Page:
News & Politics

Ibiza, the Beatnik Paradise


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June 14, 1962, Vol. VII, No. 34

Beats Meet at Ibiza

By Louise Levitas

This time of year, the beats are returning to Ibiza like birds in season. They’re en route from Bloomsbury, Schwabing, Bleecker Street, Montmartre, and other coffee-house neighborhoods to congregate on this olive and fig-tree island through October.

Izbiza is a Spanish dot in the Mediterranean close to Africa and still living partly in a Phoenician-Carthaginian-Roman-Arab past. In the tiny capital, also named Ibiza with its white Moorish-looking houses, its sixteenth-century walled quarter, its two traffic cops directing the bicycle, motor-scooter traffic, the beats meet each noon for breakfast under the awnings of a cafe on the main square. The rest of the day they take the fierce, perpetual sun in bikinis on some sea-splashed rocks outside town — avoiding the tourist beaches — and every night they collect at the Domino, a small cafe on Ibiza’s waterfront.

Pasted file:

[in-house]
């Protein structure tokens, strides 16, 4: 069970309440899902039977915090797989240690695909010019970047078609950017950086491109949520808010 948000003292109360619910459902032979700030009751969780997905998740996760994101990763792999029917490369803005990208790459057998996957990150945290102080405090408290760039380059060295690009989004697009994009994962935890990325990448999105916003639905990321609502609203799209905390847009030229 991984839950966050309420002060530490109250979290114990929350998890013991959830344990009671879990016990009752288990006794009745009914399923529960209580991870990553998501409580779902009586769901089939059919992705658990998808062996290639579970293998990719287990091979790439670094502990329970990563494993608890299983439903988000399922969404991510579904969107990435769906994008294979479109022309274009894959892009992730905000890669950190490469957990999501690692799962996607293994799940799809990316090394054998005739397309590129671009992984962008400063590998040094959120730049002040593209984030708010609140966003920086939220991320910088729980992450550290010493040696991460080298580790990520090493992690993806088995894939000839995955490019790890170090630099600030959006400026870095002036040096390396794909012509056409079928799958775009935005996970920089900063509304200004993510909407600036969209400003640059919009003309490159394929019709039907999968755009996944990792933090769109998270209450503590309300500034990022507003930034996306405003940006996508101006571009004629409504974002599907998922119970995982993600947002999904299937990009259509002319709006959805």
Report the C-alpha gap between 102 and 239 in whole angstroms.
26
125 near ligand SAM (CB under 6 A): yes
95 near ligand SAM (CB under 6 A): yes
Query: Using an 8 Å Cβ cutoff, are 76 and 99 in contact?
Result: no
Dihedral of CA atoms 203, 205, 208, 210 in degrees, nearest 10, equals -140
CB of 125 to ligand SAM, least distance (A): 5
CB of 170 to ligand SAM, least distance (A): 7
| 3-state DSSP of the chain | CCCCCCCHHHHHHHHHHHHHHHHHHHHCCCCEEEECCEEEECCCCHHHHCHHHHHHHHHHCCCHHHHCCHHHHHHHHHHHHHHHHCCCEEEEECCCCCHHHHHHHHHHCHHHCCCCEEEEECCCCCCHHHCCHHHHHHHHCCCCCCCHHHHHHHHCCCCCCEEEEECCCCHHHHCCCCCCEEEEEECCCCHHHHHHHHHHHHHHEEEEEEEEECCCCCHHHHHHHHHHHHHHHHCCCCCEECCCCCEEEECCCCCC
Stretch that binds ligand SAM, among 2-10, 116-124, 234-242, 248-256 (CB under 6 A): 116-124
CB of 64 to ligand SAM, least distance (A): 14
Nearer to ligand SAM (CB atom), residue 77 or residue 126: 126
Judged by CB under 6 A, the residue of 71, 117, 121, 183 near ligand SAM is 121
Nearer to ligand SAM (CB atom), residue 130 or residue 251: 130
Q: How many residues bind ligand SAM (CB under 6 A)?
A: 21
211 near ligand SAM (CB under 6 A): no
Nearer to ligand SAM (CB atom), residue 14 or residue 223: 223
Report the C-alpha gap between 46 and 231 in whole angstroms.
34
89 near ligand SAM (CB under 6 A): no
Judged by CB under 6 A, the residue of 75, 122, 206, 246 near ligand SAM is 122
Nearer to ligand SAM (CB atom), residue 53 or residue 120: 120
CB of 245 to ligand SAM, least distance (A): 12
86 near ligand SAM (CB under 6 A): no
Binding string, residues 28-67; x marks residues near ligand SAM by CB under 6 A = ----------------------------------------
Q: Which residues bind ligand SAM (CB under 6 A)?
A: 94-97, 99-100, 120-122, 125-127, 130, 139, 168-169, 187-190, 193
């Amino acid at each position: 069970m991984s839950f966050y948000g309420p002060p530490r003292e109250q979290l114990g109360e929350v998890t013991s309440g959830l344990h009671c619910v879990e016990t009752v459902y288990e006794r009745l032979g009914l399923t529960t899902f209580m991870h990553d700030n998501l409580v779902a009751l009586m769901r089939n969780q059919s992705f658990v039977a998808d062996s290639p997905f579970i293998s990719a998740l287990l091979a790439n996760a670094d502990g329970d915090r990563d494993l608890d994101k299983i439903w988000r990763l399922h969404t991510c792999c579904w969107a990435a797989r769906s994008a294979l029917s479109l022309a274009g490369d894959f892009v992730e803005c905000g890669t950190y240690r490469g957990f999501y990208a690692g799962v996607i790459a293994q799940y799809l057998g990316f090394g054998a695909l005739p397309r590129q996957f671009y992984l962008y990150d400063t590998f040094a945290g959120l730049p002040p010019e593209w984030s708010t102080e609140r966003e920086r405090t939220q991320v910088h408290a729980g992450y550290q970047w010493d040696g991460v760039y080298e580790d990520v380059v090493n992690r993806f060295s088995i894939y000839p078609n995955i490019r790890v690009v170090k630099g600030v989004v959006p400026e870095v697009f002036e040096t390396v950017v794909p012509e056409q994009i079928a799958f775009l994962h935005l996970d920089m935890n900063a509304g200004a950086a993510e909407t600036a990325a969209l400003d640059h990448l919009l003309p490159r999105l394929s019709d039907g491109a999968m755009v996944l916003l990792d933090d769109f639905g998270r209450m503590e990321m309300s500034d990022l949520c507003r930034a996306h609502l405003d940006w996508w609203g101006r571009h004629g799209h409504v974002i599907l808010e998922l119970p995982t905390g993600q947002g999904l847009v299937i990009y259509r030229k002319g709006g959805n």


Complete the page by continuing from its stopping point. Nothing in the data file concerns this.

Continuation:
Domino, halfway below street level, is as steamy as an equatorial jungle or a New York subway at rush hour, and a Village coffee-house patron would instantly recognize his habitat — a cellar noisy with talk, crowded with other bearded, long-haired types in dungarees, barefoot girls in tight jerseys, and throbbing to the hip jazz on the record-player. The only difference is that the Domino conversations are in six or seven languages…

[Each weekday morning, we post an excerpt from another issue of the Voice, going in order from our oldest archives. Visit our Clip Job archive page to see excerpts back to 1956.]


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